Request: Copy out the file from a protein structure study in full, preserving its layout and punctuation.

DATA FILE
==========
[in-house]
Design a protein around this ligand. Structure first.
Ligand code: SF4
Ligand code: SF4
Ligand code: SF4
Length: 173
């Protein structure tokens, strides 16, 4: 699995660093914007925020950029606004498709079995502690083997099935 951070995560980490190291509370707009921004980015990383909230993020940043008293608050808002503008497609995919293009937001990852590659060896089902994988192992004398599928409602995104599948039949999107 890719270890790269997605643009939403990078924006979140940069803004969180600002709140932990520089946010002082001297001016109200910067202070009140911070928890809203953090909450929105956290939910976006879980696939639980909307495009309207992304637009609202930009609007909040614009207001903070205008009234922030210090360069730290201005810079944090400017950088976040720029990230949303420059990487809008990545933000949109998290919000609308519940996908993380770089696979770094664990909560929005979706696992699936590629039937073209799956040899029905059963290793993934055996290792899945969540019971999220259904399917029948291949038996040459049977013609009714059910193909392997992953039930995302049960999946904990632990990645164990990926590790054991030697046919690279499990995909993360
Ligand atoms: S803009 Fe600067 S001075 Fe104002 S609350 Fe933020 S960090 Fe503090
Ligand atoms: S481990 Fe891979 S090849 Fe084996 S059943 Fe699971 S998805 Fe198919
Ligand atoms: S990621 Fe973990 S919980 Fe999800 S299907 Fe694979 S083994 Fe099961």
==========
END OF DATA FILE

[in-house]
Design a protein around this ligand. Structure first.
Ligand code: SF4
Ligand code: SF4
Ligand code: SF4
Length: 173
């Protein structure tokens, strides 16, 4: 699995660093914007925020950029606004498709079995502690083997099935 951070995560980490190291509370707009921004980015990383909230993020940043008293608050808002503008497609995919293009937001990852590659060896089902994988192992004398599928409602995104599948039949999107 890719270890790269997605643009939403990078924006979140940069803004969180600002709140932990520089946010002082001297001016109200910067202070009140911070928890809203953090909450929105956290939910976006879980696939639980909307495009309207992304637009609202930009609007909040614009207001903070205008009234922030210090360069730290201005810079944090400017950088976040720029990230949303420059990487809008990545933000949109998290919000609308519940996908993380770089696979770094664990909560929005979706696992699936590629039937073209799956040899029905059963290793993934055996290792899945969540019971999220259904399917029948291949038996040459049977013609009714059910193909392997992953039930995302049960999946904990632990990645164990990926590790054991030697046919690279499990995909993360
Ligand atoms: S803009 Fe600067 S001075 Fe104002 S609350 Fe933020 S960090 Fe503090
Ligand atoms: S481990 Fe891979 S090849 Fe084996 S059943 Fe699971 S998805 Fe198919
Ligand atoms: S990621 Fe973990 S919980 Fe999800 S299907 Fe694979 S083994 Fe099961």